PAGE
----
Gov. Nathan Deal was unequivocal in his opposition to a revived “religious liberty” measure on Thursday, signaling he would veto the bill if it made it to his desk.
“I didn’t want there to be any confusion about where I stand on the RFRA bill: I have no desire or appetite to entertain that legislation,” Deal said.
He was referring to a one-page proposal introduced this week by state Sen. Marty Harbin that brought the debate over the legislation back to the forefront. Harbin’s measure would require the federal Religious Freedom Restoration Act of 1993 to apply in Georgia.
The governor on Wednesday said the state must take an “extremely cautious” approach to the measure but also said it was “only fair that we give it due consideration.” A day later, though, Deal’s position had hardened as he criticized Harbin’s proposal in unsparing terms.
“Our state is doing exceptionally well and we’ve seen rather disastrous consequences from other states who have made a departure on that issue,” he said. “I see no reason or justification for us to do anything further.”
An uphill climb
Harbin’s measure is significantly scaled down from the eight-page bill that Deal vetoed last year, in part to make it harder for the governor to oppose. Deal, while a member of Congress, voted for the federal version of the legislation that Harbin’s measure addresses.
Even though it has about 20 Republican co-sponsors, the legislation faces an arduous climb in the statehouse.
Lt. Gov. Casey Cagle and House Speaker David Ralston backed last year’s version of the proposal but moved this year to try to put the contentious debate behind them. Both have repeatedly said it should be up to federal lawmakers — and not state ones — to tackle the debate that’s divided the Legislature for more than three years.
In a clear sign that he is still queasy with the measure, Cagle assigned Harbin’s proposal, Senate Bill 233, to a committee on Wednesday that gives him and his allies more control over whether the bill moves forward.
The legislation has taken on various forms over time, but supporters typically want Georgia to join the 21 other states that have similar laws they say will protect people of faith from government intrusion, as well as strengthen legal protections for opponents of gay marriage.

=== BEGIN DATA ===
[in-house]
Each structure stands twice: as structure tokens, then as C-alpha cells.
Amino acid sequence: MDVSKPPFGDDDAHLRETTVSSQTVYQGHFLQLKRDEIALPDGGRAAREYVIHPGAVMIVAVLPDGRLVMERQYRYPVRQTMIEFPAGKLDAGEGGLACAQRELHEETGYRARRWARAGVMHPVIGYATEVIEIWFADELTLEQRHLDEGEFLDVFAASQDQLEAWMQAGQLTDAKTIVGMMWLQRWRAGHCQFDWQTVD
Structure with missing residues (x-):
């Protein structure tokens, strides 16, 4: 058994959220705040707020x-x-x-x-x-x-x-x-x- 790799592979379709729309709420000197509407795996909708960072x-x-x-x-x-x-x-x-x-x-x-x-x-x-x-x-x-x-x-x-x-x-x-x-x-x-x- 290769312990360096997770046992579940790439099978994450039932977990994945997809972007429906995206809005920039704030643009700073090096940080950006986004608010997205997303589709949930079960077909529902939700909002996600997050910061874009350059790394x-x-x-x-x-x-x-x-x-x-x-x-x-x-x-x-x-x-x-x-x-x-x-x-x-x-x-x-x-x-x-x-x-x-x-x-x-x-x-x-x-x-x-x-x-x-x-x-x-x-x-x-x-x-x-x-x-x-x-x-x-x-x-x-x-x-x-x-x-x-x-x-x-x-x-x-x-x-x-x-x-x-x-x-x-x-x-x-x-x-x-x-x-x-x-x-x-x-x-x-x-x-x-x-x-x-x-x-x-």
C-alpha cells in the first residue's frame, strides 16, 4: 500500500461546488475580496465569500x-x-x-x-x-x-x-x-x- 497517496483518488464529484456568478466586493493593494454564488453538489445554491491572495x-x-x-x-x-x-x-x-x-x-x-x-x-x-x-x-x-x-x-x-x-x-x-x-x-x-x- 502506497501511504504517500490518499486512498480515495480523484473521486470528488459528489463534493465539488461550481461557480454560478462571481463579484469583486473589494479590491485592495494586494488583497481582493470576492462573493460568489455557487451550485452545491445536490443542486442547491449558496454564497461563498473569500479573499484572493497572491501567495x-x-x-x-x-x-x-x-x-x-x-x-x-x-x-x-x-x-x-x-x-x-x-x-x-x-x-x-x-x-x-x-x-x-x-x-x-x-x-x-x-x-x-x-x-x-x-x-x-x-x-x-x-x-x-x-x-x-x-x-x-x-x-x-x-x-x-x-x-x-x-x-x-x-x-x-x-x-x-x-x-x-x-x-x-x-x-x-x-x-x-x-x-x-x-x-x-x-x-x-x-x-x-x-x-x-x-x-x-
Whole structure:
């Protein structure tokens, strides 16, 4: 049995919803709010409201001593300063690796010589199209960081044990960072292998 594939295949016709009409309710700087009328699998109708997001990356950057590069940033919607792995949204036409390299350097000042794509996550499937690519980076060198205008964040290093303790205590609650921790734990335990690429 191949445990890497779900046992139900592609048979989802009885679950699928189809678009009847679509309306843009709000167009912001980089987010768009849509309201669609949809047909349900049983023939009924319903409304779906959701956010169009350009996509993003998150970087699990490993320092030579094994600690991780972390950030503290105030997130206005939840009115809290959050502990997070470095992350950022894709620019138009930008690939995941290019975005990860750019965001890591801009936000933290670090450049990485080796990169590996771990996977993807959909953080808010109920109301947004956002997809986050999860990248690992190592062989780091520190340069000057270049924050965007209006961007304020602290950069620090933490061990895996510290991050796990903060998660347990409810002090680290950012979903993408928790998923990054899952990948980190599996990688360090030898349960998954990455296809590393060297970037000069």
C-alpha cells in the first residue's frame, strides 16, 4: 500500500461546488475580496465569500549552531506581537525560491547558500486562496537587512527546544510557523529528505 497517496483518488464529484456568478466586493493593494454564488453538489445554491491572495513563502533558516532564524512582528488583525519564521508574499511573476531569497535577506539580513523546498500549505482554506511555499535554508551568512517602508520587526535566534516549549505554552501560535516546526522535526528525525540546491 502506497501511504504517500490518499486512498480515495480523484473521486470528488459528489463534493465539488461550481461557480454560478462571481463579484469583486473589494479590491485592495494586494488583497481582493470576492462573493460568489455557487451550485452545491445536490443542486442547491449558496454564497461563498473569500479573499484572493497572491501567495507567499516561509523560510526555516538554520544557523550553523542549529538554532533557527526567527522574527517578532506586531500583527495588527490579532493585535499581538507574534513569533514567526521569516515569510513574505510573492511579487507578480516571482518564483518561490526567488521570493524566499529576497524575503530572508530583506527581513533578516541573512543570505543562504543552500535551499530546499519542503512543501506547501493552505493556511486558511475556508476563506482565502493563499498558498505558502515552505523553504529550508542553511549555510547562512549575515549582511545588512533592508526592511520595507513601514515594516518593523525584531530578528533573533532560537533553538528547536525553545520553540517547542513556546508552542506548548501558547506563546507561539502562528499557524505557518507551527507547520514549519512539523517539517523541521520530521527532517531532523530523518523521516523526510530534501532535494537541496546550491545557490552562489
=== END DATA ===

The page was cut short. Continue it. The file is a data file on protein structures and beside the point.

Harbin and other supporters say that, at the very minimum, Georgia should commit to upholding the 1993 RFRA legislation supported by a bipartisan group of lawmakers and signed into law by Democratic President Bill Clinton.
That statute requires the government to prove a “compelling governmental interest” before it interferes with a person’s exercise of religion. A 1997 U.S. Supreme Court ruling concluded that the law doesn’t apply to the states, and dozens of legislatures have since passed their own versions to cover actions by state governments.
State Sen. Josh McKoon, one of the most outspoken advocates for the legislation, said Republican lawmakers owe it to their constituents to vote on the measure.
“Almost every Republican legislator I know of with a contested election last year campaigned on religious freedom legislation,” McKoon said. “Can anyone credibly say if a Democratic governor was threatening a veto of SB 233 that there would be any hesitation among Republican legislators moving forward? Of course not.”
Not ‘part of my agenda’
The opponents, including powerful business boosters and gay rights groups, warn the measure amounts to legalized discrimination and point to executives from dozens of big-name companies, including Apple, Disney and Time Warner, who called on the governor to veto the bill.
And they’ve been quick to cite Indiana and North Carolina as cautionary tales. Indiana still faces economic aftershocks after passing similar legislation in 2015, while North Carolina has been at the center of a raging national debate — and the loss of high-profile sports and cultural events — after adopting a much broader measure involving transgenders using bathrooms.
Deal, too, invoked the struggles in both those states when pressed on his stance for this year’s legislative proposal. In two separate interviews, he tacked to his veto message from last year, in which he said “religious liberty” legislation threatens to undercut Georgia’s pro-business environment and its welcoming image.
“This is not something that is part of my agenda,” he said, “and it’s something I do not view as being beneficial to the state.”
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